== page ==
When using the toilet in a home, and in most shops and facilities, toilet specific slippers are used. So in the case of a home, one would remove outside shoes at the entrance, put on indoor slippers, but then remove the indoor slippers and put on toilet slippers when needing to use the WC.

Most establishments like sports gyms, fitness centers and pools also follow the “no outside shoe” rule. Outside shoes will be placed in a shoe box area or in a locker. Therefore, one must bring separate indoor sports shoes to participate in their activity.

Note: Shoes facing the correct way is actually a small detail that many Japanese even forget about themselves, but can show your Japanese hosts that you are considerate and have done your research. The proper way to leave shoes is to have them facing outwards (towards the entrance) so they are easy to put on when exiting and to leave slippers facing inwards (towards the inside of the home) so they are easy to slip into when entering. This custom interestingly enough is not just for oneself, but primarily is thinking about others.

Chopstick Etiquette in Japan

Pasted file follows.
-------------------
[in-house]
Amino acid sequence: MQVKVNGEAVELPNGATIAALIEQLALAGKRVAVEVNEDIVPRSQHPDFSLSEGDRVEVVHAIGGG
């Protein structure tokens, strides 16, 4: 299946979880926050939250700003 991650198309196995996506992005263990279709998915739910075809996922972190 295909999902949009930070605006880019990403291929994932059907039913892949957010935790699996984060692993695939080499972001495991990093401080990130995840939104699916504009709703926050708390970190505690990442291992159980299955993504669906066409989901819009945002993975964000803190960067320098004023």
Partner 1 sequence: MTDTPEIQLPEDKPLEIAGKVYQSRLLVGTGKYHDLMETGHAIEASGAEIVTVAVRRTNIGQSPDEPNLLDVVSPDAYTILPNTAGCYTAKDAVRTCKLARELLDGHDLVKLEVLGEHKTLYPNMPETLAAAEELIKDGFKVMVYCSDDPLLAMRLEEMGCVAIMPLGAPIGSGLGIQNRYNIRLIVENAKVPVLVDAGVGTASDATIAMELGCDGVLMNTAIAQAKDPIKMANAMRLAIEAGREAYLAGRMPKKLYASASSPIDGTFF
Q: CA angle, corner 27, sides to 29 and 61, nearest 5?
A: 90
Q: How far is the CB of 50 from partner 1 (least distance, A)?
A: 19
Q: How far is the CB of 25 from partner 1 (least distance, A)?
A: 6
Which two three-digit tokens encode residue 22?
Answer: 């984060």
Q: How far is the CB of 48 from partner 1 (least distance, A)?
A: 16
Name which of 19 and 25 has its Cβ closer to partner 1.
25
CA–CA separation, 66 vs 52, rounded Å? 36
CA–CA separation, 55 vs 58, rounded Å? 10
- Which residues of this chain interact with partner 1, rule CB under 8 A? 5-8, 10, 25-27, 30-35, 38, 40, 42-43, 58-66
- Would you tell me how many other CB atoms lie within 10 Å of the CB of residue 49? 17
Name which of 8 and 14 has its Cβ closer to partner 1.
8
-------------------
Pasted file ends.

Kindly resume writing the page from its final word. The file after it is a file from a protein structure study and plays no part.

Chopsticks in same area

The Japanese will be impressed if you’re comfortable using chopsticks. But making the following faux pas will definitely raise eyebrows:

Never use your chopsticks to receive food from someone else’s chopsticks, nor never have two sets of chopsticks grabbing food from the same plate at the same time.

If a person passes food using chopsticks from a main plate, they will put the food directly onto your plate;  you should never try to grab the food from their chopsticks with your chopsticks. For when two sets of chopsticks are in the same “area” this is very taboo, because it conjures up images of death and funerals. In the traditional ceremony following a burial, family members pass charred pieces of bone to one another while using chopsticks.

* Note: most people will commonly use communal chopsticks, and not their own chopsticks to pass food. If they use their own chopsticks, a polite way to pass food to others is to use the back end of their chopsticks, as not to share the same side as they would eat with.

Don’t poke your rice with chopstick